Correlation The Missing Ingredient for Investors?

It is no secret that active management has been increasingly critiqued in recent years, and asset flows are following suit as investors move to passive products.

One of the large recipients of these flows is index-based, quasi-active, smart beta and factor strategies that deliver returns of active managers, but at a fraction of the cost.

Historically, many of these factors have outperformed in nearly all environments – an impressive track record, but one that may be challenged as more assets move into the space.

However, we’ve written extensively on a number of clues as to what factors outperform and when, and what investors can do to give themselves the best chance to outperform going forward. Is there a connection between outperformance of factor investing and active management? Are correlations the answer to both?

Looking over the past 15 years of factor returns for value, momentum, and size, we see a pretty consistent picture of outperformance, and in some cases quite sizeable outperformance. We’ll call these “alpha factors” as their general design is to outperform indices overtime, typically as stocks rise.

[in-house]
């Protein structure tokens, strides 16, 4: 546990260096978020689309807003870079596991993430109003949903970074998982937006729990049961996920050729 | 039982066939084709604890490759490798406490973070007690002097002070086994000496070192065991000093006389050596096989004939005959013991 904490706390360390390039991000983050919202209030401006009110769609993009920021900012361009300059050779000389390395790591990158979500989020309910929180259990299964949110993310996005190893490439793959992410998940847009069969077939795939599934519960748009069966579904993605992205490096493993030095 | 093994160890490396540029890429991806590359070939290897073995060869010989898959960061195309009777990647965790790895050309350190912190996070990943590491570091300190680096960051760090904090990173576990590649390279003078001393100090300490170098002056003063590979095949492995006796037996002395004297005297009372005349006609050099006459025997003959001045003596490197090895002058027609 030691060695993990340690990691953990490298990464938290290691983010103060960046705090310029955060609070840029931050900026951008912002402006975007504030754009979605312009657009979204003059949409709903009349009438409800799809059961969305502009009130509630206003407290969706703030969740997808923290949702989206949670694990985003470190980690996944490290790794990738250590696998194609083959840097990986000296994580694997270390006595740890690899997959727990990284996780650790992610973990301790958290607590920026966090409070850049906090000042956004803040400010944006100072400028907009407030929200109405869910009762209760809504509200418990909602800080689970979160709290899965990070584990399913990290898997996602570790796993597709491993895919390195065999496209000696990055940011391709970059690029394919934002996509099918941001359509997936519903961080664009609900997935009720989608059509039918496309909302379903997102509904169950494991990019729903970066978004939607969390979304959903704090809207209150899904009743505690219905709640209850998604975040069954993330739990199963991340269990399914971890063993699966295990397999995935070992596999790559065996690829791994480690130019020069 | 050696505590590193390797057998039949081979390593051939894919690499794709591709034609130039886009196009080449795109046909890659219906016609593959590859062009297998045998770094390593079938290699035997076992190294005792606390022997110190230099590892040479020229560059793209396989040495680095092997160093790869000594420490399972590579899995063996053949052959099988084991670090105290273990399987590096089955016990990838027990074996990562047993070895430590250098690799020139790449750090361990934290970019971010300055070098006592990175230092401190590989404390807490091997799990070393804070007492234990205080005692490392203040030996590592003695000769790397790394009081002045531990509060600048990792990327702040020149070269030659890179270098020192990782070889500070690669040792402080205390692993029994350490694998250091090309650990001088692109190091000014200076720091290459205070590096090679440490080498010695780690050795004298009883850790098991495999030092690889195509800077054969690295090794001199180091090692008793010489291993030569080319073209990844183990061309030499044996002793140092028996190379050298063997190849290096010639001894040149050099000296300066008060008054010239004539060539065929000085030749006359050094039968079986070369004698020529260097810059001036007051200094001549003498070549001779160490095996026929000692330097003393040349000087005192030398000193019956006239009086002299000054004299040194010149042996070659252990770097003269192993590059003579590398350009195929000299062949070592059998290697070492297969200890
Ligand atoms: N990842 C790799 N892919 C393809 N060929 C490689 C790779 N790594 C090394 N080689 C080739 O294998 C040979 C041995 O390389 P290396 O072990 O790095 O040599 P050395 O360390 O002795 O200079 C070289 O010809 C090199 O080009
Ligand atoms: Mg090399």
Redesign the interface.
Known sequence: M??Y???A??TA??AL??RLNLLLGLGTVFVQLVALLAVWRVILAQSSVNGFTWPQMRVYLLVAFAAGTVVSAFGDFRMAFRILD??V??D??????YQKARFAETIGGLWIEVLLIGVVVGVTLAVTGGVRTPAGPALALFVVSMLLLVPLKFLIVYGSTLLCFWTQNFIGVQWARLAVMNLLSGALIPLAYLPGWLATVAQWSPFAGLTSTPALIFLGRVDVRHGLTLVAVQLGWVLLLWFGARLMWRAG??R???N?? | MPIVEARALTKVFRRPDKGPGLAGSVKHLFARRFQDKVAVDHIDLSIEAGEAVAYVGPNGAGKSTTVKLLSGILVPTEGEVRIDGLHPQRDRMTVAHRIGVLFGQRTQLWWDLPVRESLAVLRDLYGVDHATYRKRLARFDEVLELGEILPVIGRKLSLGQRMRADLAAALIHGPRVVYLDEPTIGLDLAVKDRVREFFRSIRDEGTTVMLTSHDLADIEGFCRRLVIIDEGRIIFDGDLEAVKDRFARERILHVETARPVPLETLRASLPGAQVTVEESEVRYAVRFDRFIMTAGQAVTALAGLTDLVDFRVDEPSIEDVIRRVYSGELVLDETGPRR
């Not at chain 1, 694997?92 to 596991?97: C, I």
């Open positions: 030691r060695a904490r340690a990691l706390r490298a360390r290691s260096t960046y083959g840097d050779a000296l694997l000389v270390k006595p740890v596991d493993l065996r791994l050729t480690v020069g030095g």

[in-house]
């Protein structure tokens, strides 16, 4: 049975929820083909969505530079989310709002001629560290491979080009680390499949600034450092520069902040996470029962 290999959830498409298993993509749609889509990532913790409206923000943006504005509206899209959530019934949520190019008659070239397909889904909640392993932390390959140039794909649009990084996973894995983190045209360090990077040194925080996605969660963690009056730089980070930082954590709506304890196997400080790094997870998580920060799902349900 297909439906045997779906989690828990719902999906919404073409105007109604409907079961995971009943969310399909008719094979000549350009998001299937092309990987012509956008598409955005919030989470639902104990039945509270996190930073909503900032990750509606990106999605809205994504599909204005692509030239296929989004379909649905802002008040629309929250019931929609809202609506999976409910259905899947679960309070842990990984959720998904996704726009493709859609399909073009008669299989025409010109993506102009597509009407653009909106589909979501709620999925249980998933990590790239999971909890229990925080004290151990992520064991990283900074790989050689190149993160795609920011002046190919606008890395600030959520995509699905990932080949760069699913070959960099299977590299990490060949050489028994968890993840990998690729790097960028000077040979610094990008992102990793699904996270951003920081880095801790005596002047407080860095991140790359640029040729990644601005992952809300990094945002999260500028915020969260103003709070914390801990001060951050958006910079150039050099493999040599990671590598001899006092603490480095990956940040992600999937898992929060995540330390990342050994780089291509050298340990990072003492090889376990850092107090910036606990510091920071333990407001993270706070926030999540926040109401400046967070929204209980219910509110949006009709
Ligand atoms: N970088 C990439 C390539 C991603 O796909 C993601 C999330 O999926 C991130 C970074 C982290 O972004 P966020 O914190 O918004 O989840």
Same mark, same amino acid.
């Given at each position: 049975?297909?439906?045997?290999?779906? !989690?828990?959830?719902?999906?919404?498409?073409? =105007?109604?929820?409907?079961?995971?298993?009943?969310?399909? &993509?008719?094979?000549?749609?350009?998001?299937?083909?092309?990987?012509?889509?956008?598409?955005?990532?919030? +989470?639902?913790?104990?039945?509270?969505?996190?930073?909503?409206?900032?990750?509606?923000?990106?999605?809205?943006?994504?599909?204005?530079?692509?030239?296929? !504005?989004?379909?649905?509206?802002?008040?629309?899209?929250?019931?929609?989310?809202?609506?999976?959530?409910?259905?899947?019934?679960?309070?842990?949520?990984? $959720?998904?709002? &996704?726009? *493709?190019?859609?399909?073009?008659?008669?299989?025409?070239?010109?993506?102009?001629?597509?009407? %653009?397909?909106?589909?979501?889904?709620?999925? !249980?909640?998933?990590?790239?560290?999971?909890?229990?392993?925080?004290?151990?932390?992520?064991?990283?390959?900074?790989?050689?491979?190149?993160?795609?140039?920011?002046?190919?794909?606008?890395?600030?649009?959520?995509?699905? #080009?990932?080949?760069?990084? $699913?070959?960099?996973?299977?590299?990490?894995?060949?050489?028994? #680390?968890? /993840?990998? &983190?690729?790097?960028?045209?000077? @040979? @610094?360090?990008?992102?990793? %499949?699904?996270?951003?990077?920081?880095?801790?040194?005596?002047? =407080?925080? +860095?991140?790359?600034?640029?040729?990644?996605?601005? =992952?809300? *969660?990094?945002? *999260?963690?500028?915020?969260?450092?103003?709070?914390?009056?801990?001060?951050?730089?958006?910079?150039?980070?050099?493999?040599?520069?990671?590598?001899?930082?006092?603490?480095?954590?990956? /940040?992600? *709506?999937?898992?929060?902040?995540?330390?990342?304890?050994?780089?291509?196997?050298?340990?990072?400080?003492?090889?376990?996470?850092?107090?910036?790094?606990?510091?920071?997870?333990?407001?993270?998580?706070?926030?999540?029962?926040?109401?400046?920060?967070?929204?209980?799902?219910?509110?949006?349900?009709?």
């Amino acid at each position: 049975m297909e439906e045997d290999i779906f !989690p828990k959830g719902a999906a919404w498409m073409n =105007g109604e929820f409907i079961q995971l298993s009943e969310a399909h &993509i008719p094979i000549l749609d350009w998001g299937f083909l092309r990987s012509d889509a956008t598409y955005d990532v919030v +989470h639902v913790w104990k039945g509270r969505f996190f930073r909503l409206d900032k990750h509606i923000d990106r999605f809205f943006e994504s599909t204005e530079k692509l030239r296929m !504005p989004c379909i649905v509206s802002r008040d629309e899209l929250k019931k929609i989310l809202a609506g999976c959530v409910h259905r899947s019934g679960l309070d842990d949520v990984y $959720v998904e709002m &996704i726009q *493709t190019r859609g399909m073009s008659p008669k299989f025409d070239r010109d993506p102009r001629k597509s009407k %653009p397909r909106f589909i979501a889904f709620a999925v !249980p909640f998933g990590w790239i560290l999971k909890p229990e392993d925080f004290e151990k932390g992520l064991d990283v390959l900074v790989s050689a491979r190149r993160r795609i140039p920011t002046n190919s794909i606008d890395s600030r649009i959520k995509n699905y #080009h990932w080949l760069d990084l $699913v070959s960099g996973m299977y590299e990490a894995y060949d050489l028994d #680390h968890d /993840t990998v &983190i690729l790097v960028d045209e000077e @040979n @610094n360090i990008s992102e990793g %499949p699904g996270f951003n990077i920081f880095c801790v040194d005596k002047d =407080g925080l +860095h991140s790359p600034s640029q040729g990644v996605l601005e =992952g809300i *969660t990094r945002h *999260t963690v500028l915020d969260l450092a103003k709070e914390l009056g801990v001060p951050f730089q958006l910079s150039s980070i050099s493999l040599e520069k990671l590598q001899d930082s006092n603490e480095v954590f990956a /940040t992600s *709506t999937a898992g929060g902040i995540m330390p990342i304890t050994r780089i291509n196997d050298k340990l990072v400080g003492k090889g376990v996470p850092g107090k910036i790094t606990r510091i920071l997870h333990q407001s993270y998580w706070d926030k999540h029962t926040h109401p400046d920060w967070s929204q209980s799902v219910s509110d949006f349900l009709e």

The chart below illustrates this outperformance relative to the parent MSCI USA Index. Overlaid on top is the median intra-stock correlation in the S&P 500 Index, inverted. So as correlations between stocks fall, the security selection that the alpha factors provide leads to outperformance, and vice versa.


© Copyright 2017 Ned David Research, Inc. Further distribution prohibited without prior permission. All Rights Reserved. See NDR Disclaimer at For data vendor disclaimers refer to *12-Month rolling average excess returns (vs MSCI USA) for MSCI USA Enhanced Value, MSCI USA Momentum, and MSCI USA Size Tilt indexes are shown against the 6-month average of median S&P 500 1-day correlations over the past trading quarter.

On the flip side, let’s look at quality and minimum volatility, factors we’ll call “risk factors” for their focus on managing risk and typical outperformance to the downside. The median stock correlation is no longer inverted on this chart, as rising correlations signify outperformance for these factors. Intuitively it makes sense, in periods of market stress correlations “go to 1” and money flows into the seeming safety of the holdings in these factors.